Are we in for another nuclear standoff with the Kremlin?
Russian Plane "Broke Apart In The Air," Officials Say As Investigators Frantically Search For "Clues"Submitted by Tyler Durden on 11/01/2015 10:08 -0500
Neoliberal economics is blind to reality and serves to justify the destruction of the economic prospects of the Western World. It remains to be seen if Russia and China can develop a different economics or whether these rising superpowers will fall victim to the “junk economics” that has destroyed the West. With so many Chinese and Russian economists educated in the US tradition, the prospects of Russia and China might not be any better than ours. The entire world could go down the tubes together.
In 2013, Samoan Air became the world's first airline to charge passengers according to their their weight. Now, two years later, Uzbekistan Airways has gone one further than the pay-by-weight model. The Tashkent-based airline has installed special weighing machines in the departure gate zones to weigh people and their hand luggage, noting that some overweight people could be excluded from busy flights on smaller planes if limits are exceeded... "We are not selling seats, we are selling weight."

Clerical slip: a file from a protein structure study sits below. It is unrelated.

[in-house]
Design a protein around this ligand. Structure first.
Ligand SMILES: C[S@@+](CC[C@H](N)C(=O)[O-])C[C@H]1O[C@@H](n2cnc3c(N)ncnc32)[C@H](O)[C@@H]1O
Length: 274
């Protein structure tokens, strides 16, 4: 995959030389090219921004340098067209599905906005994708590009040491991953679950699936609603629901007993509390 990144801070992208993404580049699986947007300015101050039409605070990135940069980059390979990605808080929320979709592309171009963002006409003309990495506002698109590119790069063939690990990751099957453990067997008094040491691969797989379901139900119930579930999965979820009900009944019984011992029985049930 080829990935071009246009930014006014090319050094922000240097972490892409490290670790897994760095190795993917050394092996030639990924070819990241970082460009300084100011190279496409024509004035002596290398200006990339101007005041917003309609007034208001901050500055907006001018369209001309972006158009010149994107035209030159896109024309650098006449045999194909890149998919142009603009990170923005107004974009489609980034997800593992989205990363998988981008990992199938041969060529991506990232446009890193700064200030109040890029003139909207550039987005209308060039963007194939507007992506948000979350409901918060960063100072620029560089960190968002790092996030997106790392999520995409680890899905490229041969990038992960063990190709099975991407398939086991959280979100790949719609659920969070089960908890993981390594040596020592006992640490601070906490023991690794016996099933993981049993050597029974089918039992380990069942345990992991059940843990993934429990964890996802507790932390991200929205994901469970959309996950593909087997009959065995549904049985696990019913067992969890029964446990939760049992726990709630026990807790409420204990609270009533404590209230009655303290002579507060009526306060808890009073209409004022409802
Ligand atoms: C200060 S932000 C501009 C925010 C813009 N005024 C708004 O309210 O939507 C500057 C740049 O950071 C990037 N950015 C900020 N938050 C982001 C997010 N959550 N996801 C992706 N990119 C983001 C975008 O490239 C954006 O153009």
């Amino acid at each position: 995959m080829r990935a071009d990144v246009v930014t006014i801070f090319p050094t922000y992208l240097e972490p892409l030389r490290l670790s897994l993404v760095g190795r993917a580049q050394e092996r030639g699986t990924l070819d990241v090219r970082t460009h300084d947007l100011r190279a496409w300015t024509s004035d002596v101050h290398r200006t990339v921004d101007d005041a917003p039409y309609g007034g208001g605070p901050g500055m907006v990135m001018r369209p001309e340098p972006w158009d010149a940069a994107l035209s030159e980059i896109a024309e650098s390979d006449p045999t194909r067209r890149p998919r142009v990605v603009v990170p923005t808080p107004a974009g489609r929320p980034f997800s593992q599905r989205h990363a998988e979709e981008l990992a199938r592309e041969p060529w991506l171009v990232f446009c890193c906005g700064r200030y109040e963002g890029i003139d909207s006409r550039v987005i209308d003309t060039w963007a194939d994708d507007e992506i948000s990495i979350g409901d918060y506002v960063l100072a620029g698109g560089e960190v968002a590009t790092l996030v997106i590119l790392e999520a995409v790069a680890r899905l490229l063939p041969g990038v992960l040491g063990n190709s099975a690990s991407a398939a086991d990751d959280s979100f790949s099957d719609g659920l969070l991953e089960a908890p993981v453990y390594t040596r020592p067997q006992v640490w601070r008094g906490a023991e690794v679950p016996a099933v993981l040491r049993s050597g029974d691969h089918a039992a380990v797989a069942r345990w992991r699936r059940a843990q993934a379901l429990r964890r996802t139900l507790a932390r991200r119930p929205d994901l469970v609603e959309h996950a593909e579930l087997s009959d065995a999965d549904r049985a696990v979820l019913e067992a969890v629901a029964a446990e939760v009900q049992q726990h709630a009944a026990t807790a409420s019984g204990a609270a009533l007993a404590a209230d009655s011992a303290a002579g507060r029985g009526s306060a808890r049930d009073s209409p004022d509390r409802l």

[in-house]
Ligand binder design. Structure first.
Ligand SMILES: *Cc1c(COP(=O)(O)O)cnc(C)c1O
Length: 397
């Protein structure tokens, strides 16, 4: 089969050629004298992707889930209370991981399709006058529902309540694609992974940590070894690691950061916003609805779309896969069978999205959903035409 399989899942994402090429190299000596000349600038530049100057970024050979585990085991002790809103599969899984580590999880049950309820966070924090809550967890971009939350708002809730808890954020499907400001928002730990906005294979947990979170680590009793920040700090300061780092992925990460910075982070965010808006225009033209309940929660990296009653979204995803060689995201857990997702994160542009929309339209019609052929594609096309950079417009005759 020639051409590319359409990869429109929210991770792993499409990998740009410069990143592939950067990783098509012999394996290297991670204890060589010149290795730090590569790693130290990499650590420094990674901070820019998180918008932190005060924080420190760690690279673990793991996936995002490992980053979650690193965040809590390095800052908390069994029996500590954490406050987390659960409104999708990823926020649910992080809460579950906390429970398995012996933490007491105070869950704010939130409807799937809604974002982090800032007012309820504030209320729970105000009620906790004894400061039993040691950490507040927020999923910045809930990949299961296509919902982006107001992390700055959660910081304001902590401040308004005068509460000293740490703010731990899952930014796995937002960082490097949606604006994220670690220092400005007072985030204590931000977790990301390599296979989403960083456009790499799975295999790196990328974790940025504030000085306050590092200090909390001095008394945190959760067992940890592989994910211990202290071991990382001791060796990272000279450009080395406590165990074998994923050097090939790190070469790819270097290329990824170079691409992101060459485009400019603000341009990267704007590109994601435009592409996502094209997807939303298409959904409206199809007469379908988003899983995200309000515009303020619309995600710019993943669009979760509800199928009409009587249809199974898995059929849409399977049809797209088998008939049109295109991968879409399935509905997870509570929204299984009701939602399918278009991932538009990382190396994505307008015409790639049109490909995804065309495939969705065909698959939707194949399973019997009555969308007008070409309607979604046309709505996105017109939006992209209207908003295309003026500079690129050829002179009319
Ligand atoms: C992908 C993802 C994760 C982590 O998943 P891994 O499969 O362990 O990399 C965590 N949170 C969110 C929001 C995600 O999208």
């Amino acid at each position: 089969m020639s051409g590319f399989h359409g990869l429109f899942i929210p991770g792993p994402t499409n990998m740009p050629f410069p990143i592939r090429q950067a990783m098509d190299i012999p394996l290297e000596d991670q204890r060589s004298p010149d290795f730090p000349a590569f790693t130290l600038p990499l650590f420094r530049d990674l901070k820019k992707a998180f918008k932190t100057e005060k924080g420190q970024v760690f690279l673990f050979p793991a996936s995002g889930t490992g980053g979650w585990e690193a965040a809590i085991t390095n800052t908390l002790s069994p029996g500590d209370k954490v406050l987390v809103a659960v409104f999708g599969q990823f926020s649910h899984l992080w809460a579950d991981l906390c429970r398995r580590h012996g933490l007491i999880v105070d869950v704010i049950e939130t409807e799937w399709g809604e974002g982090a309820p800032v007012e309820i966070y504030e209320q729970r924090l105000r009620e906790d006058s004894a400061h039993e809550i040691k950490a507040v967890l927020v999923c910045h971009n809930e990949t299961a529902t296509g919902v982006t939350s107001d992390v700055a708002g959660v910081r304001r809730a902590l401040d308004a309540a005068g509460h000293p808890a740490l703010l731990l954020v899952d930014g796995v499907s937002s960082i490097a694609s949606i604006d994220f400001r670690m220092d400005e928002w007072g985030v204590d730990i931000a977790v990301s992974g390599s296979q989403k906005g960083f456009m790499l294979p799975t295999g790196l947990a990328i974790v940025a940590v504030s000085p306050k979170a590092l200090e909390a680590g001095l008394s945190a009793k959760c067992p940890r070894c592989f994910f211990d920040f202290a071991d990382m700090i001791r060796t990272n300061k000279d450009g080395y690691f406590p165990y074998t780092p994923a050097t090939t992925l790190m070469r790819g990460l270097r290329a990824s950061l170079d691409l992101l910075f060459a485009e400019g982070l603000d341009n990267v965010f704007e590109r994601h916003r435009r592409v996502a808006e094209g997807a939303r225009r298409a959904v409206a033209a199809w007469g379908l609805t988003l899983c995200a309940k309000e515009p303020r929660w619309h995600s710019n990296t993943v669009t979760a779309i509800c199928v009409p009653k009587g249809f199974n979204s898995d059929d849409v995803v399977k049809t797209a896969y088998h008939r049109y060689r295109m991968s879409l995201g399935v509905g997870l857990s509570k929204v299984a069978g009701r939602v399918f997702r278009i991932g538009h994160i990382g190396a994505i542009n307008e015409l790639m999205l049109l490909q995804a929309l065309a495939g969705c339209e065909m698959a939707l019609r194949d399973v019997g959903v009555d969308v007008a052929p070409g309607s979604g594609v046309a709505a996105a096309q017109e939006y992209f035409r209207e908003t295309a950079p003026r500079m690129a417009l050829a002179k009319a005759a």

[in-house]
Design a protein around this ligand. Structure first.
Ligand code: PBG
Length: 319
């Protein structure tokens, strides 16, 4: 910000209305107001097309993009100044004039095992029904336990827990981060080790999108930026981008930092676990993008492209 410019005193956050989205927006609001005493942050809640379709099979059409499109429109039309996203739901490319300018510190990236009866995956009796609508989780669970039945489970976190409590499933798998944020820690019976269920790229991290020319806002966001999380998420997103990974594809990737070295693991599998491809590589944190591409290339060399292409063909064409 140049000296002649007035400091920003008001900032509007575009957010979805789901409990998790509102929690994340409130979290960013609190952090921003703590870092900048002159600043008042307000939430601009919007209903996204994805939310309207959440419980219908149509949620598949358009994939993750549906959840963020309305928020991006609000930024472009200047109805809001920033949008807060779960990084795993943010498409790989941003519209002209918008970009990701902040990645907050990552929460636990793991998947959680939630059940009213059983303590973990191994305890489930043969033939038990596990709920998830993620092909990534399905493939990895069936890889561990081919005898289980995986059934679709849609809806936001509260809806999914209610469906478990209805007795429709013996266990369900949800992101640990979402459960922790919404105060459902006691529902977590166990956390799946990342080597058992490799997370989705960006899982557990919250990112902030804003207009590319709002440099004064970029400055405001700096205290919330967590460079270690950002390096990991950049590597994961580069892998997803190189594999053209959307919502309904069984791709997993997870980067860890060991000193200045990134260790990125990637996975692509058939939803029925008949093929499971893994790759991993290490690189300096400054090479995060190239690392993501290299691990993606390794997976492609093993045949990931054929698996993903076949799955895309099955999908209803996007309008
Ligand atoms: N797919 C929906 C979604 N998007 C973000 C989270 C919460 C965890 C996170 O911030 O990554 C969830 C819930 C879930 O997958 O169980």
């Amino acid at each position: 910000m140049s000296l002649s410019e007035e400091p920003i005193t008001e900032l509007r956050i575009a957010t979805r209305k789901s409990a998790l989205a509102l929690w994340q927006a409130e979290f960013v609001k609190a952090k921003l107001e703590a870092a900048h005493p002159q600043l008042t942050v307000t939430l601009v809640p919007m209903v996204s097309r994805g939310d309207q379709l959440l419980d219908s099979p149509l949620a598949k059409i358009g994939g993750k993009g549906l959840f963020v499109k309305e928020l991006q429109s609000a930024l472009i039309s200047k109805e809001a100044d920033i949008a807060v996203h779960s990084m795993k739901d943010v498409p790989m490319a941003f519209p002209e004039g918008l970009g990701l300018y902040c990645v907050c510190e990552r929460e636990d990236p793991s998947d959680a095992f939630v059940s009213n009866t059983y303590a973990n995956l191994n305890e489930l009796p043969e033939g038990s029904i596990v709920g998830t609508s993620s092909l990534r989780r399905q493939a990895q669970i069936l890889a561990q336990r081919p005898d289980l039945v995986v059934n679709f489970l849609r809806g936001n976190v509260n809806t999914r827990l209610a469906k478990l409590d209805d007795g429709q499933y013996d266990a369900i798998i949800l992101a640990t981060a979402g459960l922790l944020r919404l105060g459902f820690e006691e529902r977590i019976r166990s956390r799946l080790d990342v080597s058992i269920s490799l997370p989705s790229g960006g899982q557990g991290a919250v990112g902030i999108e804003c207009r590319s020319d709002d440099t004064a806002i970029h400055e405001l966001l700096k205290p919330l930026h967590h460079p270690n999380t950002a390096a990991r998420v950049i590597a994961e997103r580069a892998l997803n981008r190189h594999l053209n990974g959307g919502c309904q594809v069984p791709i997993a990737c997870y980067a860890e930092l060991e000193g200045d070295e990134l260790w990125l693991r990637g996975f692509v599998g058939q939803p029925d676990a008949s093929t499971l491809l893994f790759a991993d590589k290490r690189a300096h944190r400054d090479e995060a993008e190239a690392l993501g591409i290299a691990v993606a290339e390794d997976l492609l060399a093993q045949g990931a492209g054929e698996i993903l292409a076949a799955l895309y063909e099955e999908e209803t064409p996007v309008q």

Tehran, Beijing, Moscow, Islamabad, and New Delhi have been actively establishing interlocking security guarantees. They have been simultaneously calling the Atlanticist bluff when it comes to the endless drumbeat of attention given to the flimsy meme of Iran’s "nuclear weapons program." And a few days before the Vienna nuclear negotiations finally culminated in an agreement, all of this came together at a twin BRICS/SCO summit in Ufa, Russia -- a place you’ve undoubtedly never heard of and a meeting that got next to no attention in the U.S. And yet sooner or later, these developments will ensure that the War Party in Washington and assorted neocons (as well as neoliberalcons) already breathing hard over the Iran deal will sweat bullets as their narratives about how the world works crumble.